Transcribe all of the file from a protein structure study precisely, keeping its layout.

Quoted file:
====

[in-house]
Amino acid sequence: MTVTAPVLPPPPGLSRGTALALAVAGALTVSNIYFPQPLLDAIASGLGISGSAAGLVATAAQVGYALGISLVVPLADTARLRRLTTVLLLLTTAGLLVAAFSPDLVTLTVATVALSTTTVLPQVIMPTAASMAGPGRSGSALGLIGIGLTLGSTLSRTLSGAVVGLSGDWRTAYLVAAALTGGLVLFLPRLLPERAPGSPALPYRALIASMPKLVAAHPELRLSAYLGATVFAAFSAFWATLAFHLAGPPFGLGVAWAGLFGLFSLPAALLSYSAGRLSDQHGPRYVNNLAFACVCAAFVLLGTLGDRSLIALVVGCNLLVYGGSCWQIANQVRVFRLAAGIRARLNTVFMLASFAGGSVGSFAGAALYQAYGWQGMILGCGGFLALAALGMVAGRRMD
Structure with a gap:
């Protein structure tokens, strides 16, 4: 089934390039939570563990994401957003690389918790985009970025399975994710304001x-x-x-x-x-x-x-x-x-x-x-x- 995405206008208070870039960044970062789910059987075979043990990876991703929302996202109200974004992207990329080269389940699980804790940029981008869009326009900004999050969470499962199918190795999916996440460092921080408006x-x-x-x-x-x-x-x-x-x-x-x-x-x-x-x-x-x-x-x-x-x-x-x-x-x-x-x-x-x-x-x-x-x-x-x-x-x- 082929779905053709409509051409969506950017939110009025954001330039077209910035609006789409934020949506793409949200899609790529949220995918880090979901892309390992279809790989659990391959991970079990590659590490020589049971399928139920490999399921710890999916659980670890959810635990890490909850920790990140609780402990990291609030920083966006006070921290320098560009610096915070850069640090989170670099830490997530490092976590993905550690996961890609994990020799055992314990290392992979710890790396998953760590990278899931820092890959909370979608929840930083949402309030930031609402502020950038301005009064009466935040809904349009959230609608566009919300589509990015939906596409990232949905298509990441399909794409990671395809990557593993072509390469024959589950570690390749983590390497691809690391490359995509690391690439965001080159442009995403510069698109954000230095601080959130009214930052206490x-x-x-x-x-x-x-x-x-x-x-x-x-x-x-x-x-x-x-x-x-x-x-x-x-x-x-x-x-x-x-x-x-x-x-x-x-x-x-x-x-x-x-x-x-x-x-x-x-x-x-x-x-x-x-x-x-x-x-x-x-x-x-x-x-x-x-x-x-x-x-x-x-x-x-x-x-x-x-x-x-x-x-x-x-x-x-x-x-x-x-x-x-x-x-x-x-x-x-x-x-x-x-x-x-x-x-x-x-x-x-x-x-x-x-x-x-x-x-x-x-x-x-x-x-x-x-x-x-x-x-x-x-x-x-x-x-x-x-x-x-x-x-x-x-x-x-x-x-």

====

[in-house]
Amino acid sequence: MTVTAPVLPPPPGLSRGTALALAVAGALTVSNIYFPQPLLDAIASGLGISGSAAGLVATAAQVGYALGISLVVPLADTARLRRLTTVLLLLTTAGLLVAAFSPDLVTLTVATVALSTTTVLPQVIMPTAASMAGPGRSGSALGLIGIGLTLGSTLSRTLSGAVVGLSGDWRTAYLVAAALTGGLVLFLPRLLPERAPGSPALPYRALIASMPKLVAAHPELRLSAYLGATVFAAFSAFWATLAFHLAGPPFGLGVAWAGLFGLFSLPAALLSYSAGRLSDQHGPRYVNNLAFACVCAAFVLLGTLGDRSLIALVVGCNLLVYGGSCWQIANQVRVFRLAAGIRARLNTVFMLASFAGGSVGSFAGAALYQAYGWQGMILGCGGFLALAALGMVAGRRMD
Structure with a gap:
């Protein structure tokens, strides 16, 4: 089934390039939570563990994401957003690389918790985009970025399975994710304001x-x-x-x-x-x-x-x-x-x-x-x- 995405206008208070870039960044970062789910059987075979043990990876991703929302996202109200974004992207990329080269389940699980804790940029981008869009326009900004999050969470499962199918190795999916996440460092921080408006x-x-x-x-x-x-x-x-x-x-x-x-x-x-x-x-x-x-x-x-x-x-x-x-x-x-x-x-x-x-x-x-x-x-x-x-x-x- 082929779905053709409509051409969506950017939110009025954001330039077209910035609006789409934020949506793409949200899609790529949220995918880090979901892309390992279809790989659990391959991970079990590659590490020589049971399928139920490999399921710890999916659980670890959810635990890490909850920790990140609780402990990291609030920083966006006070921290320098560009610096915070850069640090989170670099830490997530490092976590993905550690996961890609994990020799055992314990290392992979710890790396998953760590990278899931820092890959909370979608929840930083949402309030930031609402502020950038301005009064009466935040809904349009959230609608566009919300589509990015939906596409990232949905298509990441399909794409990671395809990557593993072509390469024959589950570690390749983590390497691809690391490359995509690391690439965001080159442009995403510069698109954000230095601080959130009214930052206490x-x-x-x-x-x-x-x-x-x-x-x-x-x-x-x-x-x-x-x-x-x-x-x-x-x-x-x-x-x-x-x-x-x-x-x-x-x-x-x-x-x-x-x-x-x-x-x-x-x-x-x-x-x-x-x-x-x-x-x-x-x-x-x-x-x-x-x-x-x-x-x-x-x-x-x-x-x-x-x-x-x-x-x-x-x-x-x-x-x-x-x-x-x-x-x-x-x-x-x-x-x-x-x-x-x-x-x-x-x-x-x-x-x-x-x-x-x-x-x-x-x-x-x-x-x-x-x-x-x-x-x-x-x-x-x-x-x-x-x-x-x-x-x-x-x-x-x-x-």